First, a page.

It’s thought that the extra digit made it easier for those cats to walk in the snow, but there’s little evidence to support that theory. Regardless, the trait is now being bred out of Maine Coons, but you can still find some with extra digits.
7. Most polydactyl cats don’t have extra toes on all four paws.
Extra toes are most common on the front feet, although some cats have them on the back feet instead. It’s rare that a cat will have extra digits on all four paws, although it does sometimes happen. Some cats are only polydactyl on one foot.
Regardless of where the extra toes are located, they’re usually well-formed and normal-looking.
8. The record for most toes on a cat is 28.
One tabby named Jake had 7 toes on each foot, giving him a whopping 28 in all! Luckily for Jake, every single one of his toes was well-formed and had its own pad, so his abnormality didn’t cause him many issues in life.
That’s obviously an extremely rare mutation, as it gave him three additional toes on each hind paw. While Jake was likely an odd-looking feline, we imagine that his differences made him all the more adorable.
9. Many people consider polydactyl cats to be good luck.
In some cultures, having a polydactyl cat around was said to be good luck. As a result, many fishermen and other sea-going professionals kept these cats on their ships to bring them good fortune. Given that the cats would have made excellent rat-catchers, those fishermen almost certainly had good luck when it came to disease prevention, at least.
This superstition around the cats may have led to their introduction to North America. Some people believe that they were brought over from Europe on ships, where they had originally been kept to give the travelers good fortune.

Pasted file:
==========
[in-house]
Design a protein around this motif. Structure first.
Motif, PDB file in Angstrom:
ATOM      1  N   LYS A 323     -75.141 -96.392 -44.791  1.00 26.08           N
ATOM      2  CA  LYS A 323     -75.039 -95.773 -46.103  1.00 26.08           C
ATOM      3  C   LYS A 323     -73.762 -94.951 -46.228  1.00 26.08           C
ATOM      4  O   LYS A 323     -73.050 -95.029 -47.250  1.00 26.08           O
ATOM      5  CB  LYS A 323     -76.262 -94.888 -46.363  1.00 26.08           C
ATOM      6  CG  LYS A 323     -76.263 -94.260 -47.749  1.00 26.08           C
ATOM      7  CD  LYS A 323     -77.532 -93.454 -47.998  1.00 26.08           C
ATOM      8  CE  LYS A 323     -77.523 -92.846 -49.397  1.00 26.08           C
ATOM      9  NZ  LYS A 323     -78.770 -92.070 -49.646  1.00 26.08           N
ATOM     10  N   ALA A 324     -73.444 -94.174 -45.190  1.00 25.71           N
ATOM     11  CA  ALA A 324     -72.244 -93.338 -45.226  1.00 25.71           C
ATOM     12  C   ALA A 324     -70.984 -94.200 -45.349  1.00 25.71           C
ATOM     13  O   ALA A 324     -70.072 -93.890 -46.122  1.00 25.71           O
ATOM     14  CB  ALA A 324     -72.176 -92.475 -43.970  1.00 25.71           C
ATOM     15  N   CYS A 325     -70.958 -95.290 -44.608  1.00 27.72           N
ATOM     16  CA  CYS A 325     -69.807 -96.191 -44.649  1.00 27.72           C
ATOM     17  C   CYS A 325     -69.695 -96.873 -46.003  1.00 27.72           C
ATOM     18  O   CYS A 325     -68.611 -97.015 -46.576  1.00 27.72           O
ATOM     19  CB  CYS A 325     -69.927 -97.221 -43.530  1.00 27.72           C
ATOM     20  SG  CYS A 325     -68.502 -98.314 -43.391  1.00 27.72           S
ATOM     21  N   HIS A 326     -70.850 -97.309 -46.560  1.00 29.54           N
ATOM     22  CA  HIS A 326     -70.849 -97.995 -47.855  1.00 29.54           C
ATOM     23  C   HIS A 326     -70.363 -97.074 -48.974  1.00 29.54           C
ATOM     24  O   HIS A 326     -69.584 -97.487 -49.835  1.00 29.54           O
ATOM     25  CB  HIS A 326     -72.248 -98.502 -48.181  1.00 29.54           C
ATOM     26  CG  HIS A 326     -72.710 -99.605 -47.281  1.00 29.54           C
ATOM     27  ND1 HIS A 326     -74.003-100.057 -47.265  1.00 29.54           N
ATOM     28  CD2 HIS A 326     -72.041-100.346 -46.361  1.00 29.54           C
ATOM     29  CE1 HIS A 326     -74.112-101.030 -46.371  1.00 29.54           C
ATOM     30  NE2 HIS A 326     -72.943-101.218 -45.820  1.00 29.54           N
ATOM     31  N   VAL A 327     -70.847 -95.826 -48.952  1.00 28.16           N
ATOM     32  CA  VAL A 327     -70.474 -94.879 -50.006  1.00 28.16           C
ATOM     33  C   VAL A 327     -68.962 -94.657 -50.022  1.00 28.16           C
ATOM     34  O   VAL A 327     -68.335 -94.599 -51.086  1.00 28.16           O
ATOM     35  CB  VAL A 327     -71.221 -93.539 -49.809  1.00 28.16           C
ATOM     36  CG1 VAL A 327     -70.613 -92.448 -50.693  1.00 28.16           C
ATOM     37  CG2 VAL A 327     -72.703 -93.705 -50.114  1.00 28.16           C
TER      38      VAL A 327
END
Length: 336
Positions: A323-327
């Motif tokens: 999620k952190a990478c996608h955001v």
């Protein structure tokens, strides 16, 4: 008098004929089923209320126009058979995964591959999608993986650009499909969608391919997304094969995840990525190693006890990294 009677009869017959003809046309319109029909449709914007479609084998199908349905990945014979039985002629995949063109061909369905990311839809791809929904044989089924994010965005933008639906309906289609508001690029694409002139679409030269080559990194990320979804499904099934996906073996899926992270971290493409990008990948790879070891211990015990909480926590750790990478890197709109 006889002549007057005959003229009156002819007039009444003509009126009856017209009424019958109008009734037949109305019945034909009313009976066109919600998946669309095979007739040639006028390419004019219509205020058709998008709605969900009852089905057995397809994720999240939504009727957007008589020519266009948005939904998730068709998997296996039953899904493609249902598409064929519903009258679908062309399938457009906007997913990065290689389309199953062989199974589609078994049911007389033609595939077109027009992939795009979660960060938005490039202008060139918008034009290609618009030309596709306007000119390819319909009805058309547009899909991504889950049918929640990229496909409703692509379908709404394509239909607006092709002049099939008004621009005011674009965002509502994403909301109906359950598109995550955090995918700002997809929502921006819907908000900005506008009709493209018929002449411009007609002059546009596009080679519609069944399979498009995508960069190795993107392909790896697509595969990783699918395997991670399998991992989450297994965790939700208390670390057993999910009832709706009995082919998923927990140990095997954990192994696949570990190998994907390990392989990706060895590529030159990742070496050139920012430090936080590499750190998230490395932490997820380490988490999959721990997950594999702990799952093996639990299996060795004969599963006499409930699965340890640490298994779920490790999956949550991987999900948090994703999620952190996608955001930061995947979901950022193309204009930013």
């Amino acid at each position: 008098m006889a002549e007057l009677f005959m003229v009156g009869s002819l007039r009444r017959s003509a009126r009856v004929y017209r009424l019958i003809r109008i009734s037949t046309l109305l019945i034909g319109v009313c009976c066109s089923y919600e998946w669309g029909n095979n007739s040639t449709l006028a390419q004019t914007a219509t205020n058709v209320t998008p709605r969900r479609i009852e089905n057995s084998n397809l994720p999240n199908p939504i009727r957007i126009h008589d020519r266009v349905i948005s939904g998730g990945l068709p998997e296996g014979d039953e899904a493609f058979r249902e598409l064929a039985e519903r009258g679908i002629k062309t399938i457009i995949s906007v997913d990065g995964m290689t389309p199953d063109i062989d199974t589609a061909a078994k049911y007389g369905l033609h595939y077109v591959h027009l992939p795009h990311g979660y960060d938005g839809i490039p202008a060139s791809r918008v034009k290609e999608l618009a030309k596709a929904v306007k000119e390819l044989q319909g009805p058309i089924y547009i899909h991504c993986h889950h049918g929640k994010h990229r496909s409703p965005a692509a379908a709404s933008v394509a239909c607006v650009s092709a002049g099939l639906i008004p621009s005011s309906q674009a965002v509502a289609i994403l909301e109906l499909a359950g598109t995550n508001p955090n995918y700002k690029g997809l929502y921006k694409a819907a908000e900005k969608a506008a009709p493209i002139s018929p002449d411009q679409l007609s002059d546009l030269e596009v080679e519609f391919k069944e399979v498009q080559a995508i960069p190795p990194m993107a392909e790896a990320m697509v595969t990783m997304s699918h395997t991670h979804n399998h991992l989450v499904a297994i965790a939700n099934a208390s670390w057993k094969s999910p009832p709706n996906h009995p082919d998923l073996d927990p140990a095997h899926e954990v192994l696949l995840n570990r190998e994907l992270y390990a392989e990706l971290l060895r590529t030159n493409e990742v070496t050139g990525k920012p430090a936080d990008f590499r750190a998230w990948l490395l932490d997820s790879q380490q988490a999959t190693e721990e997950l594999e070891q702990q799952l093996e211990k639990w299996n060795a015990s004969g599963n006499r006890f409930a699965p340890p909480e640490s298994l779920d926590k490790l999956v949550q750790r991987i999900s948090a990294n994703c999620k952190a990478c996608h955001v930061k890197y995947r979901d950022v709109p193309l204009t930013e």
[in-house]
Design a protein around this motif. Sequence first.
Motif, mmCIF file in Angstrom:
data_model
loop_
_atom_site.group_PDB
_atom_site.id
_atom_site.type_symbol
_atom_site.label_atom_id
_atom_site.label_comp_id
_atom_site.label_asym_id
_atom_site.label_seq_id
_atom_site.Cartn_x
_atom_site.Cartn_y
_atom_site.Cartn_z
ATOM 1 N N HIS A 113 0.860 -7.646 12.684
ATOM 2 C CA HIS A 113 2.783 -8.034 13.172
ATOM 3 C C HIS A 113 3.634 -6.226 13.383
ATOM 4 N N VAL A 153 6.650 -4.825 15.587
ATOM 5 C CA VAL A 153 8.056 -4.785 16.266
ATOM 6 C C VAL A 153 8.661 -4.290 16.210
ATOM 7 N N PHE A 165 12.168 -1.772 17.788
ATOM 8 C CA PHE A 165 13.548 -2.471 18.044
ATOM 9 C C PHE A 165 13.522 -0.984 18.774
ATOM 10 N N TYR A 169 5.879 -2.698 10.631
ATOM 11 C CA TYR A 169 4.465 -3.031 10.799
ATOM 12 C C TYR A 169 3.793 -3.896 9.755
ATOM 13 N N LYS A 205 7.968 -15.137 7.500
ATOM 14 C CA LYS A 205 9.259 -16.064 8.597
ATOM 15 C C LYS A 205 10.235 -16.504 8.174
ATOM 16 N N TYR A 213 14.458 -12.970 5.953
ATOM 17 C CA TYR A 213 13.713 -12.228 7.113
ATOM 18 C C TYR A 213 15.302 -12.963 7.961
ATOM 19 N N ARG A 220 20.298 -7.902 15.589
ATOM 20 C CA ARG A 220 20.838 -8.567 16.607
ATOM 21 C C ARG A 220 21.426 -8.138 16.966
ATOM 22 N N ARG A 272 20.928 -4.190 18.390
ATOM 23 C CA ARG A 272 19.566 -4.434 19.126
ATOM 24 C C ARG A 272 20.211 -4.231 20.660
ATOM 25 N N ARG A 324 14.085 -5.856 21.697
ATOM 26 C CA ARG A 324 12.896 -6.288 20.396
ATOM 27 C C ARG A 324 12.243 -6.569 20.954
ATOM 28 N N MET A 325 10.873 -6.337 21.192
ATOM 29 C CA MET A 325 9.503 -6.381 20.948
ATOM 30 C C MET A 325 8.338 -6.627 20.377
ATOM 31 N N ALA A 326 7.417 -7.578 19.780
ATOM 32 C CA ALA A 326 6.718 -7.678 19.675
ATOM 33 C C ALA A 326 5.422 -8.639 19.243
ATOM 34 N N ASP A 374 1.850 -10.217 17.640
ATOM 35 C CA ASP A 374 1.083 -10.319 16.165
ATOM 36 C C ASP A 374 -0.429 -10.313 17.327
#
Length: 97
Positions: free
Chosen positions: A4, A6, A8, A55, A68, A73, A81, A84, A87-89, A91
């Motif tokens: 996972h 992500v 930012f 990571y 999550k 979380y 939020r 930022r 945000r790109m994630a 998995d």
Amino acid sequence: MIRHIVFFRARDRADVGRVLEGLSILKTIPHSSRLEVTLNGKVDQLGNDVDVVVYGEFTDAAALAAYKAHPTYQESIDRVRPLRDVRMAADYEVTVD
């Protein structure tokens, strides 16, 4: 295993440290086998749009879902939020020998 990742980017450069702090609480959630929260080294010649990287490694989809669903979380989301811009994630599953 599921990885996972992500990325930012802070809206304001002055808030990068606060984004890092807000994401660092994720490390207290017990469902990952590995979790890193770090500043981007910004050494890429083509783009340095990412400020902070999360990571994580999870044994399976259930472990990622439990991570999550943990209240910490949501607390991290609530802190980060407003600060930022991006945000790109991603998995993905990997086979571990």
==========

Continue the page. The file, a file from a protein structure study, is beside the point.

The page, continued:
10. Polydactyl cats require a little more work.
That extra toe needs every bit as much attention as the other toes, so don’t forget to trim the nail regularly. If you neglect it, it could cause serious problems for your cat down the line, so you shouldn’t get a polydactyl kitty unless you’re prepared to do a little more grooming on their behalf.
Likewise, having plenty of scratching posts around is essential with a polydactyl cat. You wouldn’t think that just one or two more toes would make much of a difference, but these felines can absolutely decimate your furniture if left to their own devices.
Conclusion: Cat With Thumbs
While being polydactyl may not confer many advantages on to your cat, it’s still an adorable quirk that gives you something else to obsess over about your cat. It will set your pet apart from all the other cats on the block while giving you even more toe beans to fawn over.
After all, you already think that your cat is the most special animal in the world — and now you have one more way to prove it.
You Might Also Be Interested In:
- American Polydactyl Cat Breed Info: Pictures, Temperament & Traits
- Do All Cats Have Thumbs? (Polydactyl Cats Explained)
Featured Image Credit: Melissa Sue, Shutterstock
- The 10 Facts About Polydactyl Cat Paws
- 1. Being polydactyl is caused by a genetic abnormality.
- 2. It’s not a guarantee that a polydactyl cat will pass the gene on to their offspring.
- 3. Being polydactyl is just a charming quirk, nothing more.
- 4. Polydactyly isn’t the only condition that causes extra toes.
- 5. These cats go by many names.
- 6. Certain breeds are more predisposed to polydactyly than others.
- 7. Most polydactyl cats don’t have extra toes on all four paws.
- 8. The record for most toes on a cat is 28.
- 9. Many people consider polydactyl cats to be good luck.
- 10. Polydactyl cats require a little more work.
- Conclusion: Cat With Thumbs